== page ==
New doco highlights how residents fought to save public housing

November 2, 2018
Protest in 2014 to save Millers Point. Photo: Peter Boyle

The Eviction: (FKA On the Rocks)
Directed by Blue Lucine

“Millers Point is now an AirBNB ghost town,” director Blue Lucine told the audience of several hundred at the Chauvel Cinema, Paddington, at the world premiere of her powerful documentary, The Eviction (FKA On the Rocks), on October 13.

The Eviction is the story of the NSW Coalition government’s assault on the public housing community in the inner-Sydney suburb of Millers Point.

“I hoped the film would be an account of a community winning its struggle to survive,” Lucine told the Q&A session, following premiere showing. “This is a cautionary tale, a tragedy, of the ‘social cleansing’ of a whole community. But it also shows people not giving up, sticking together, and fighting to the end.

“The film also shows that big business really runs everything, especially in Sydney. We need a different kind of government, one based on compassion and concern for community, not money and greed.”

The Eviction is a moving account of the residents and supporters struggle since 2014 to stop the ruthless drive to sell off the 393 public housing properties in Millers Point and The Rocks. As the film notes, despite claims by government ministers that the multi-million dollar proceeds would be used to build new social housing in other areas of the city, there is no evidence this has occurred.

The film features residents who led the long campaign to halt the government’s ideological vendetta against public housing, as part of its neoliberal drive to privatise the bulk of public assets and services in the state. We see the emotional toll taken on mostly elderly residents as they are forced to move to other properties in the city, separated from friends and their supportive community in Millers Point.

Barney Gardner and Bob Flood are childhood best friends whose families have lived in the area for three generations. Millers Point had been a working-class neighbourhood for more than a century, since it was the centre of Sydney’s historic dockland area in the 19th century.

They became leaders in the fight to save Millers Point. Together they campaigned through many public meetings, rallies, marches and other means as they sought to win public support for the cause. Despite significant community opposition, the government succeeded in gradually pushing the residents out.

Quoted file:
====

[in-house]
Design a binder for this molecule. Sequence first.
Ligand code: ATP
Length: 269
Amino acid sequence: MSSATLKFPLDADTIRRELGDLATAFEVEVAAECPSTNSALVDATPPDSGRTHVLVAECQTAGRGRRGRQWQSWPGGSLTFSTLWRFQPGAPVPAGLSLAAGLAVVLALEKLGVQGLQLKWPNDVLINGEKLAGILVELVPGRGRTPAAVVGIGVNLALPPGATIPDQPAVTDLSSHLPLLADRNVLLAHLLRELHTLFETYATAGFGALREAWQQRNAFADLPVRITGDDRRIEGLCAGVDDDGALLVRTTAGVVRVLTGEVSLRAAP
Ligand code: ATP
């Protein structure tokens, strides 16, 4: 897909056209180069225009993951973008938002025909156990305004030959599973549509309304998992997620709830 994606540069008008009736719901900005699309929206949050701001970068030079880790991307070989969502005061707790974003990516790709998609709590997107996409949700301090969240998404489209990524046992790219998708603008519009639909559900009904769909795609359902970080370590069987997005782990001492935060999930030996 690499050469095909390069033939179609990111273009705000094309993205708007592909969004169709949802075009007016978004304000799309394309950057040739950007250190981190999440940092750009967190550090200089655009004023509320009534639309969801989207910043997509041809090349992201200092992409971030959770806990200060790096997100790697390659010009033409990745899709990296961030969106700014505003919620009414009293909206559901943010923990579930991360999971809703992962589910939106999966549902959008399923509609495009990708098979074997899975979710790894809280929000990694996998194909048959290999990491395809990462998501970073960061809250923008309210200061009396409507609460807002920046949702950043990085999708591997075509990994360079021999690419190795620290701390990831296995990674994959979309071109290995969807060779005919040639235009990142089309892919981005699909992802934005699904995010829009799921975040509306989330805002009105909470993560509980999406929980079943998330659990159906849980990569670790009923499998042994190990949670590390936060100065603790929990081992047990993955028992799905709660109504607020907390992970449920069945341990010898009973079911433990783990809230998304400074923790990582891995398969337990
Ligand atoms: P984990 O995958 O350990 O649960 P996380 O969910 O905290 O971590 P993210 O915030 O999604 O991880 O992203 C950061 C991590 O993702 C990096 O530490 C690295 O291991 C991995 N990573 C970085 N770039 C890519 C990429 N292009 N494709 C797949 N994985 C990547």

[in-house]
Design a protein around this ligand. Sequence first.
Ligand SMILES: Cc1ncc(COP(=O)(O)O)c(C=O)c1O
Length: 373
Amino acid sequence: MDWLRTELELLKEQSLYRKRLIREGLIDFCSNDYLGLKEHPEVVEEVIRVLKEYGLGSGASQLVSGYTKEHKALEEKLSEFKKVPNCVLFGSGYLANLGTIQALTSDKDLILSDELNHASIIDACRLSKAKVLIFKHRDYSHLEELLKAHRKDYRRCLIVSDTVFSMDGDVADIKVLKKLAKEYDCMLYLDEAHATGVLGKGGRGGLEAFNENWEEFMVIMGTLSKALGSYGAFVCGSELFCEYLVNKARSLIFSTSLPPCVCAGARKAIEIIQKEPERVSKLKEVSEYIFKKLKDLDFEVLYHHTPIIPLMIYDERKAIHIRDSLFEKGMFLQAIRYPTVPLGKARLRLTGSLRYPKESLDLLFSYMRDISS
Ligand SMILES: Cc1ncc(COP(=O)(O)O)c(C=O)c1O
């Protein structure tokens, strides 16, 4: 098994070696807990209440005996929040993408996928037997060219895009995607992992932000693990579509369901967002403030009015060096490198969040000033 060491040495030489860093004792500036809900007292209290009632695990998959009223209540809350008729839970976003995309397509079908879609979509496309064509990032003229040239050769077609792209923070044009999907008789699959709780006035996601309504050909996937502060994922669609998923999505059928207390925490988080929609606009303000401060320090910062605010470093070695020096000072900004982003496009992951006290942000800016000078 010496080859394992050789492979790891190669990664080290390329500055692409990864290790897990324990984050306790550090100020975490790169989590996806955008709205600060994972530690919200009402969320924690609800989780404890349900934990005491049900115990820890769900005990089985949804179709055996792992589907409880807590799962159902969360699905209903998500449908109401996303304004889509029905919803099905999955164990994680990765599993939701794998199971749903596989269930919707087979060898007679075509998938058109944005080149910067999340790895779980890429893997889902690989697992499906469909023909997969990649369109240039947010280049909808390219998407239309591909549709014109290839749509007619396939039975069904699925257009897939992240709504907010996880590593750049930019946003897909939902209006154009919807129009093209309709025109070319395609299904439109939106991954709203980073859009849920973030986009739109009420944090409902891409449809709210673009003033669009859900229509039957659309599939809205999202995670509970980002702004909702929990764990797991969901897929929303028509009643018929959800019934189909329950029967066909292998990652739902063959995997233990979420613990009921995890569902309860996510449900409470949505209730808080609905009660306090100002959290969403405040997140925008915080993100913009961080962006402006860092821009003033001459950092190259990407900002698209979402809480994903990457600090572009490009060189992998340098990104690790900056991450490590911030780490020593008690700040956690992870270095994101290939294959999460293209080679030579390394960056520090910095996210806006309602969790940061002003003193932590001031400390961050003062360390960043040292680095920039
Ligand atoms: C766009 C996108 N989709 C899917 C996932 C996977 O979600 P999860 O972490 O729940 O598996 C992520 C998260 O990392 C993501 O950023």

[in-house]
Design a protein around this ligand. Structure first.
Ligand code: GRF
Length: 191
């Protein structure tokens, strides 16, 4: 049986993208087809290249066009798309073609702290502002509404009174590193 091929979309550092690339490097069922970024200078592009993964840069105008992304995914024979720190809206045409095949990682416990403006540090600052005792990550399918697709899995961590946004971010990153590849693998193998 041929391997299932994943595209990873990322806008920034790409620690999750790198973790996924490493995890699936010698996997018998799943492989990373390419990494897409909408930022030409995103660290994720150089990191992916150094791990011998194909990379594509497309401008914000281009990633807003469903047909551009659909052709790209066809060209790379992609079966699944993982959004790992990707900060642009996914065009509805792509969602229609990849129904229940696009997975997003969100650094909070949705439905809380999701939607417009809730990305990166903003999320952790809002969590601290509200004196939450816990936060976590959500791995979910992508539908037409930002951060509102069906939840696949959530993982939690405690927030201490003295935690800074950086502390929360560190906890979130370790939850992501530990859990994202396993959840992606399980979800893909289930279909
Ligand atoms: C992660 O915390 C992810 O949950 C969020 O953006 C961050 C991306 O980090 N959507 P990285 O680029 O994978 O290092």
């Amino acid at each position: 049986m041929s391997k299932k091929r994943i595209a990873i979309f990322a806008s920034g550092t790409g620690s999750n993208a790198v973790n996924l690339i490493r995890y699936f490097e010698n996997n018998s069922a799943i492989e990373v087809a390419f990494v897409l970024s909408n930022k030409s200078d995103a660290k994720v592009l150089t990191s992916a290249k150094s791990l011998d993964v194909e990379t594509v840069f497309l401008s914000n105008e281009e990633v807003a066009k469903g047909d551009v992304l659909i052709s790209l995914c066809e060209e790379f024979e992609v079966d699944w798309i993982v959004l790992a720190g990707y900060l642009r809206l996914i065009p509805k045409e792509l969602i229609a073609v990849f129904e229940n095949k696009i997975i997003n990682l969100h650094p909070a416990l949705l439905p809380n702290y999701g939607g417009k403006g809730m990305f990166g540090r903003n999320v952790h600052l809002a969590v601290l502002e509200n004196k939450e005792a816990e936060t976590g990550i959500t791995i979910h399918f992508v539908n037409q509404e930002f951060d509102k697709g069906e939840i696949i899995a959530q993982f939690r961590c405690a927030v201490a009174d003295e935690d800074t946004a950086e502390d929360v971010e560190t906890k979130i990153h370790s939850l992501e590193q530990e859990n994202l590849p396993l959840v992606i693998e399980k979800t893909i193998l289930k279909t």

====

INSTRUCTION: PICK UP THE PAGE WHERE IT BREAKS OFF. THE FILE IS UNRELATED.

Meanwhile, a parallel struggle is being fought to stop the sale and demolition for private apartment development of the nearby iconic Sirius building. It was built in the late 1970s as a result of the Green Bans movement spearheaded by the NSW Builders Labourers Federation. The Sirius housed mainly elderly and infirm residents, and represented a community of public tenants, who have now all been removed.

The Eviction shows the campaign, led by the Save Our Sirius group, to stop the sell-off of the famous Brutalist-style building. The film highlights the story of Myra Demetriou, blind and in her 90s, the last of the residents to be cruelly evicted.

The film, while depicting the loss of a valuable community in Millers Point, ends with a note of hope. The campaign to save the Sirius is not yet lost. The chance of preserving the Heritage-listed building is still alive.

Lucine notes: “The reason I made this film is so that people think of living in a different way. Change can happen.”

She explained that a special screening of the film was being planned for November at state parliament, to be accompanied by a discussion on an alternative, pro-community housing policy. Options for future distribution of the film are in process.

[For more information, visit “The Eviction documentary” Facebook page.]

You need Green Left, and we need you!

Green Left is funded by contributions from readers and supporters. Help us reach our funding target.

Make a One-off Donation or choose from one of our Monthly Donation options.

Become a supporter to get the digital edition for $5 per month or the print edition for $10 per month. One-time payment options are available.

You can also call 1800 634 206 to make a donation or to become a supporter. Thank you.